The anesthiologist had trouble finding the right place in my spine for the epidural thingy (what the eff does it mean to curl your back like an angry cat??? I have a dachshund) and they were threatening general anesthesia, which terrified me. But she eventually got it in. Cho was born at 12:29 p.m. Co arrived minutes later, and she carried the baby over to me. (I couldn't see anything over the screen, I couldn't see Cho as she was taken out or whisked over to be "cleaned up.") Co and I both marveled at how much newborn Cho looked like newborn Jo!

Co has been having a hard time about not getting there "in time," which I totally understand, but we met our daughter together.

And Cho was absolutely fine. She screamed lustily -- much louder than Jo -- and both of her Apgars were 9. She was 6 lb, 13 oz (which in my bio family is a big baby; I was 4lb 14 oz and I was post-term).

While they were stitching me up, I did make sure they double-stitched my uterus. At least I used Ina May for something.

The hospital sucked. That's why I wanted a home birth. They accused us of "starving the baby" (because we fed her expressed breastmilk without offering her formula "to see if she wanted it" and said that they were concerned about what a "big baby" she was because the pediatrician was wrong about her gestational age (thinking she was premature; she was 38weeks 3 days). One nurse said she had "never heard a baby cry like that." Really??? I have and I only have two kids.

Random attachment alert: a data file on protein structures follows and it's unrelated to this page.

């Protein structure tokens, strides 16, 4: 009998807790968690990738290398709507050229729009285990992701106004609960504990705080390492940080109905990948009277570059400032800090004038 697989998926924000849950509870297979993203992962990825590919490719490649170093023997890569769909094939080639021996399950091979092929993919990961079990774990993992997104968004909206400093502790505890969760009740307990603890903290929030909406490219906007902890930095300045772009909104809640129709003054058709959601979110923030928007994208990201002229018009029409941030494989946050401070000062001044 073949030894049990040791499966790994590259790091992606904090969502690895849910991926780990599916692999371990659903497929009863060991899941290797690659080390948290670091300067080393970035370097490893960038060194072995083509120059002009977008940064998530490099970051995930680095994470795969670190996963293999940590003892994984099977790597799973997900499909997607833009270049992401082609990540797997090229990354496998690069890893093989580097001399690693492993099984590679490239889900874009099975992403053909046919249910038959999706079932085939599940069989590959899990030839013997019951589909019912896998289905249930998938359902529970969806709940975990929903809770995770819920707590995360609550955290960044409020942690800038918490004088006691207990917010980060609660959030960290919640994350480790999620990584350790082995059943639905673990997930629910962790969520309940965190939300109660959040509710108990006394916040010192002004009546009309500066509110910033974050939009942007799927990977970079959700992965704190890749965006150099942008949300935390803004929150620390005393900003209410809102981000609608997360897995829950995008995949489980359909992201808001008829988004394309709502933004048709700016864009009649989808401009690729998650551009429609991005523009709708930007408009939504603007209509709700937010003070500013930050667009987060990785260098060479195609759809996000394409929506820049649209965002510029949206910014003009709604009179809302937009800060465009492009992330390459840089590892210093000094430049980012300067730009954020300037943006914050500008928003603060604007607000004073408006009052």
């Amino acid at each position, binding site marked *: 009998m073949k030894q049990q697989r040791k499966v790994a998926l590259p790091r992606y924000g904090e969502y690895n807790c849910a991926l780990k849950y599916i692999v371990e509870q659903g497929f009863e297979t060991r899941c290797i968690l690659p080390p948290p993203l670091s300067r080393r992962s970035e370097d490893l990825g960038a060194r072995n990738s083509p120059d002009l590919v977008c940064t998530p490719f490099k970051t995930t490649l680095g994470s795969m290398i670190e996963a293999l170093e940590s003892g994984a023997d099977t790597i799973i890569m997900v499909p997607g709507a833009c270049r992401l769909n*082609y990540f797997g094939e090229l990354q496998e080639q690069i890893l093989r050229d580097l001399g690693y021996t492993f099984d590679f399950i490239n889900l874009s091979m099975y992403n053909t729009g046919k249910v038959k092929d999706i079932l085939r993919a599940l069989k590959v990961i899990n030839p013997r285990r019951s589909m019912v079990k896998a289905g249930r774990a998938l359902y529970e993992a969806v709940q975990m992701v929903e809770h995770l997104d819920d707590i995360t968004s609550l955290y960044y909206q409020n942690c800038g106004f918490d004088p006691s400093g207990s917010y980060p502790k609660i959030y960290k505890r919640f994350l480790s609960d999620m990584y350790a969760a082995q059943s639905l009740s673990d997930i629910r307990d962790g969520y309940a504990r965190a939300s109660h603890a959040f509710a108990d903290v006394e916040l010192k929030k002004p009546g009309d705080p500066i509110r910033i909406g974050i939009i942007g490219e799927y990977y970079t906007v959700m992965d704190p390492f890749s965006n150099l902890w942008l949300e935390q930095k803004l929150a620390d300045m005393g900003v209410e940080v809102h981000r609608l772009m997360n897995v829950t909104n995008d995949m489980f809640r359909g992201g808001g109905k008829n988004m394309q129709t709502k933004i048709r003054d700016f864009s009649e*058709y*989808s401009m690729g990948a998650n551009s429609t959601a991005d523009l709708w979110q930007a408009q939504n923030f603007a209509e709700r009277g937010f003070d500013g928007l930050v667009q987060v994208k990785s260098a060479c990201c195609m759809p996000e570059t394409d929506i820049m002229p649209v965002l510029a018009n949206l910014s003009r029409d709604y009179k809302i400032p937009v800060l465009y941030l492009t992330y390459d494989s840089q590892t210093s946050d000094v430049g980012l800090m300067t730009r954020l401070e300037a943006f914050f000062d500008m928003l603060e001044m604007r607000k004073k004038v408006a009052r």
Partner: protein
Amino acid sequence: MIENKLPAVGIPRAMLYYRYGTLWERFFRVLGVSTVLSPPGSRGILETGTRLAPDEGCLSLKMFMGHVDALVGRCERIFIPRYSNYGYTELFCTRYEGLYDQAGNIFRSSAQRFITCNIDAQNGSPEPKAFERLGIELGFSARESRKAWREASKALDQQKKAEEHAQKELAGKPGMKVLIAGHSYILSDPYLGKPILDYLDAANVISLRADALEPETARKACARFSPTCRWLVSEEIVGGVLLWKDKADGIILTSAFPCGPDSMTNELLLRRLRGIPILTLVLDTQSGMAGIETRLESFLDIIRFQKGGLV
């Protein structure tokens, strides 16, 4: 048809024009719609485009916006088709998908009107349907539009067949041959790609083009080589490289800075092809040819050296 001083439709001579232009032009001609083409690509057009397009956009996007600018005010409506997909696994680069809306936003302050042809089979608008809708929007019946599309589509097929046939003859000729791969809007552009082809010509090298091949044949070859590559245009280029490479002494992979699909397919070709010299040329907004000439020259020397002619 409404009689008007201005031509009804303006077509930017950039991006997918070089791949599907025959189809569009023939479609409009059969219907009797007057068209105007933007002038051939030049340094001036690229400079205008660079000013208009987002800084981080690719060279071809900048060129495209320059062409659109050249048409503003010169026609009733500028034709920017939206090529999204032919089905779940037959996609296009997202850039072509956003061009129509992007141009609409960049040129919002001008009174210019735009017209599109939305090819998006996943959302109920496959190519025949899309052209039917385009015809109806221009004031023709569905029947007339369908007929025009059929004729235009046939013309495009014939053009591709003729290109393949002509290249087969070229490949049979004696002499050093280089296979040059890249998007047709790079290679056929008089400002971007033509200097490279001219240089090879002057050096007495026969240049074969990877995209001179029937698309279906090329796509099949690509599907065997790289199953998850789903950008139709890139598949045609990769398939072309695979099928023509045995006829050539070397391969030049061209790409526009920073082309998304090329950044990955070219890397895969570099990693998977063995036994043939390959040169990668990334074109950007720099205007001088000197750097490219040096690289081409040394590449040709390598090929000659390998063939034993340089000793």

So Co nursed her and pumped (I pumped too and my milk did come in in before we left the hospital on Sunday), so she wouldn't lose too much weight. The nurses saw the bottles and were all impressed that my milk had come in on, like, the day of delivery. Our lactation consultant loved the story and was amused that the nurses couldn't tell the difference between Co's mature milk and my new milk. We syringe-fed her the milk (suggested by the LC with Jo) until the nurses sicced a ped. on us to say he knew we might have "read about that on the Internet" but nipple confusion is all a myth and the syringe would make the baby choke. They gave us some nipples that luckily fit on our Medela bottles (they seemed unsure if they had any bottles that weren't pre-filled with formula). Meanwhile, the hospital video about baby care included a breastfeeding section that encouraged exclusive breastfeeding and -- I couldn't make this stuff up -- syringe feeding of expressed milk to avoid nipple confusion.

Cho is three weeks old today and doing beautifully. She's nursing round the clock and gaining weight.

My own journey in the past three weeks is definitely another post, which I hope to write soon (sooner if I can get the hang of "nursing at keyboard".....).